I spent this weekend in a town called Pucon down in the Lakes District of Chile. It is beautiful even though the weather has been very rainy while I've been here. I decided to give the ol' couchsurfing website (www.couchsurfing.org) a go in South America and it turned out really well. I am staying with some French kids doing an internship at an outdoor outfitter here: Leo, Nico, Marion and Gilligan (nobody knows how to pronounce his name, not even the French people).
Yesterday morning when I arrived it was already raining steadily so after getting some food and trying really hard to find their house without asking, I caved and was directed to the activity agency they live above (I was close, across the street, not bad). I have my own room and free wifi, which is great. Plus they all speak Spanish but a lot of times they take off in French and I just sit and smile to myself, but they are really great.
Since the weather wasn't conducive to much outside, I decided to check out the hotsprings the couch hosts told me are here. Good move. A crowded bus ride resulted in making friends with a Chilean chef and the bus driver and me being at the top of a hill above a river with six natural hot pools beside it. Nice. I practically ran down the hill to submerge myself with at least 50 other Chileans in the wonderfully warm water while the cool rain dripped steadily on us. It was so relaxing, especially after 12 hours on an overnight bus from Santiago, which was actually pretty comfortable, but still a bus. I even made friends with several Chilean women, they are so friendly and love that I can speak Spanish. I love that too.
It has been SO satisfying to finally be able to communicate with people and be able to ask them about their families and hobbies and how they came to the place and what their story is. After so long in countries where I've been oblivious to what's going on around me until it happens it's so so wonderful to understand and be understood. When I was with Tommy in Santiago he said if he could have any super power it would be flight or the ability to speak and understand all languages. Yep, that about covers it, flying and shouting in every language at the clouds and people below me. Dream come true.
Last night got pretty rowdy here, lots of mixed drinks and loud French people but because they drank everything so quickly and because I didn't want to over-do it, I remained in control and was able to maintain conversations in Spanish with French accents. This meant lots of shouting at all hours of the night and me waking up at 7:30am to catch the bus to go hiking feeling very drowsy.
Rousting myself paid off though, I was one of five people I saw all morning on the trail. I followed the muddy path through the drizzle still coming down past a beautiful large lake with campsites abounding and up into the cloud-filled forest of some of the most enormous trees I've seen in a while. Some were even bigger than those in Angkor Wat. Huge and mossy and wonderful.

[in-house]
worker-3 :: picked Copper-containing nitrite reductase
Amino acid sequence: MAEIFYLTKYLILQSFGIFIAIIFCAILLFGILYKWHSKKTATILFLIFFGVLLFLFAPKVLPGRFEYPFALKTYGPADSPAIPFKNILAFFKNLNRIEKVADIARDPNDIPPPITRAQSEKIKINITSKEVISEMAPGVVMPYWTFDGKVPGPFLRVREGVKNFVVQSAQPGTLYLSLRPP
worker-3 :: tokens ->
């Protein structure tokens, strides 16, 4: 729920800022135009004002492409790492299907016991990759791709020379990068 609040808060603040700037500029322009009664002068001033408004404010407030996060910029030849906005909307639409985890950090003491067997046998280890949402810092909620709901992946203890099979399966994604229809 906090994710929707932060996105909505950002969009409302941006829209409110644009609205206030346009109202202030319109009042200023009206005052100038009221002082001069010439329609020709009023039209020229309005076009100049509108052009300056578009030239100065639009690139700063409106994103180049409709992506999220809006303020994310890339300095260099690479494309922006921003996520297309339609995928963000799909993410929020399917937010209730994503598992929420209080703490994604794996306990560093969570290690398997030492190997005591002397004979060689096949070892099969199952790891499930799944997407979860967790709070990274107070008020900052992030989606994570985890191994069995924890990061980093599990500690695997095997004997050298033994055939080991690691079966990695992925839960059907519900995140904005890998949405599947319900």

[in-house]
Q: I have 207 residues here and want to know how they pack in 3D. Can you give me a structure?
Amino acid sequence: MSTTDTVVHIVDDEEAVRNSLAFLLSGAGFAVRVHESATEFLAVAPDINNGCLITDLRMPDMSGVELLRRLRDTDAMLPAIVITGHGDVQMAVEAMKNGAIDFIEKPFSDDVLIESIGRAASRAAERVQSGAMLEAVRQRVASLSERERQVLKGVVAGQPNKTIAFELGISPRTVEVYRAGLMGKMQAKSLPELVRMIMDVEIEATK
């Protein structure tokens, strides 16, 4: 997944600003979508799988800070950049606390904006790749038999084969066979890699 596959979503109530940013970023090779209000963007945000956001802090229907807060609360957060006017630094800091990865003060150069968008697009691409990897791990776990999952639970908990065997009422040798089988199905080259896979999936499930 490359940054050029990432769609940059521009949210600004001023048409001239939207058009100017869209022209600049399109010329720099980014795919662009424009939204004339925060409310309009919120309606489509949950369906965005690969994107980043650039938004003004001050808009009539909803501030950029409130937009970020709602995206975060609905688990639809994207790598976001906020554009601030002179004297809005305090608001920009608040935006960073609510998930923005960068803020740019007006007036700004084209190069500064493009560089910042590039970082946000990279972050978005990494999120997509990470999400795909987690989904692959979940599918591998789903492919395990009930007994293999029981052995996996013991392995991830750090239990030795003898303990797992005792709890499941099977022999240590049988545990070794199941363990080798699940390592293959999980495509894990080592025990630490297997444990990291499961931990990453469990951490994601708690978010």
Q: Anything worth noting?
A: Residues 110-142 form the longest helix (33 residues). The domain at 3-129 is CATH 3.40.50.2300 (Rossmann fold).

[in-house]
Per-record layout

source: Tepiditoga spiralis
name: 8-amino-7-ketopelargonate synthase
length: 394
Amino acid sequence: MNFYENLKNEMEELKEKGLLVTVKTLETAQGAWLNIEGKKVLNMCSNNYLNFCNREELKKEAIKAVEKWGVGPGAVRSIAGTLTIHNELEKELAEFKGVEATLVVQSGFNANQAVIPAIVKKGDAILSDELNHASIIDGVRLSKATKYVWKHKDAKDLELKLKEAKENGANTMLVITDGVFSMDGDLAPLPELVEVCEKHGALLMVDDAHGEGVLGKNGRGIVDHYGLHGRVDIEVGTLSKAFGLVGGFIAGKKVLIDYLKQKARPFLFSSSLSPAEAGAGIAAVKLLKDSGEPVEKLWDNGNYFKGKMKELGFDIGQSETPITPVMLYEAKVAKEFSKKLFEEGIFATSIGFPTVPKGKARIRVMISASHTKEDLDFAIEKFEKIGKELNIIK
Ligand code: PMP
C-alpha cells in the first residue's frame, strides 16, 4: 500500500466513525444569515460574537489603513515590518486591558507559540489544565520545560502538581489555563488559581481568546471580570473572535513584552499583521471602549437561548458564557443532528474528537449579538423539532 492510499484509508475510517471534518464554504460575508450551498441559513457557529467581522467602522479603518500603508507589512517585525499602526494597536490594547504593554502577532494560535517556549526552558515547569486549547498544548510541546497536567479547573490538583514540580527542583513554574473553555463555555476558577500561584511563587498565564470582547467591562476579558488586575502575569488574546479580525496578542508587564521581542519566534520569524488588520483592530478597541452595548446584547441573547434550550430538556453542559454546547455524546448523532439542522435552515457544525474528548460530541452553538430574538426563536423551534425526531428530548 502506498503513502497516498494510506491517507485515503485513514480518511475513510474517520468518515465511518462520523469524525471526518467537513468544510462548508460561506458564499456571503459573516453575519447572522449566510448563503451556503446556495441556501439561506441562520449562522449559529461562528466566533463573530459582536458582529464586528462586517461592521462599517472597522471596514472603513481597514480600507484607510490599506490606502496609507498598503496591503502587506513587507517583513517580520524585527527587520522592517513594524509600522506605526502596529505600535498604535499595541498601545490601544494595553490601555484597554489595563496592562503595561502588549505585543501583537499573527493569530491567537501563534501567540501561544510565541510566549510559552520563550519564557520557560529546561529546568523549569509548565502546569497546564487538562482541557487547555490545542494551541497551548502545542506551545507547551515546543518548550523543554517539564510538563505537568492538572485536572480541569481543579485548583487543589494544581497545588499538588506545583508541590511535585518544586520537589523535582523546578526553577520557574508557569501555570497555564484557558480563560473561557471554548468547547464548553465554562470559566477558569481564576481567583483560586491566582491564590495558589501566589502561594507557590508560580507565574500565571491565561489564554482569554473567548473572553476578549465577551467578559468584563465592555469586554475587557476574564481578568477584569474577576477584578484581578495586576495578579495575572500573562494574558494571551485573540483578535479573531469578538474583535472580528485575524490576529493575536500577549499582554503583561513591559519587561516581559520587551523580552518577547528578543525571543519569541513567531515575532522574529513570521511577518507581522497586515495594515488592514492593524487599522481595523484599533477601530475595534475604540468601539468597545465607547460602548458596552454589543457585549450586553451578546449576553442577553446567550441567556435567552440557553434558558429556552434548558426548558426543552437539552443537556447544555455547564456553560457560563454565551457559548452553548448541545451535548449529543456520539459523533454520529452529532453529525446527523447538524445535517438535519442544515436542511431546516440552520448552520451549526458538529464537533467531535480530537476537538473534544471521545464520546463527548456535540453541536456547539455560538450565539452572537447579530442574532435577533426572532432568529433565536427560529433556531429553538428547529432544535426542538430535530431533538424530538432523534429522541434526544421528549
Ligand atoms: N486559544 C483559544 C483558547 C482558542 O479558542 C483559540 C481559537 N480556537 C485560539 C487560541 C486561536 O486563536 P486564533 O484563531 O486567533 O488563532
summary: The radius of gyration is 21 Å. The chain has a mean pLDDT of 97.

There were also loud, complex, beautiful bird songs to offset the fuzziness of a rainy day. I finally spotted them, small puffy birds that ran super fast on the ground and sometimes fluttered unaffraid near my head. They remind me of juncos; gray with rust-brown shoulders but these ones have yellow bellies. They were so cute and sang so wonderfully. There were lots of bright colored flowers as well, little stars shining in the damp green woods.
I made it up past a waterfall to three blue-green lakes shrouded in mist with very very clear waters. They took my breath away but I didn't stay long because if I stopped moving the rain chilled me, even with a raincoat on.
So I slipped and sloshed my way back down the trail and caught the bus back to town in time to see the sun come out! Woo hoo! This merited a stroll through the suddenly-lively town filled with ice cream shops, North Face installations, lots of knit products and busquers on the street. Very pleasant and it felt so good to dry out and stop shivering in the sunshine.
Tomorrow I'm catching a bus to Bariloche to try to meet Jorge, a very good friend of the Schencks. I think he might be on a trek at the moment, so I might head to El Bolson, a Lonely Planet-proclaimed hippie's paradise. I guess I could be into that...Plus Daisy who I met in Spain said there's an organic farm to WWOOF there so I've been in touch...that could be very pleasant. Things are looking good and feeling better.
Hot springs YEAH
Done changing? Go right in through the floor!
Catarata Nido del Aguila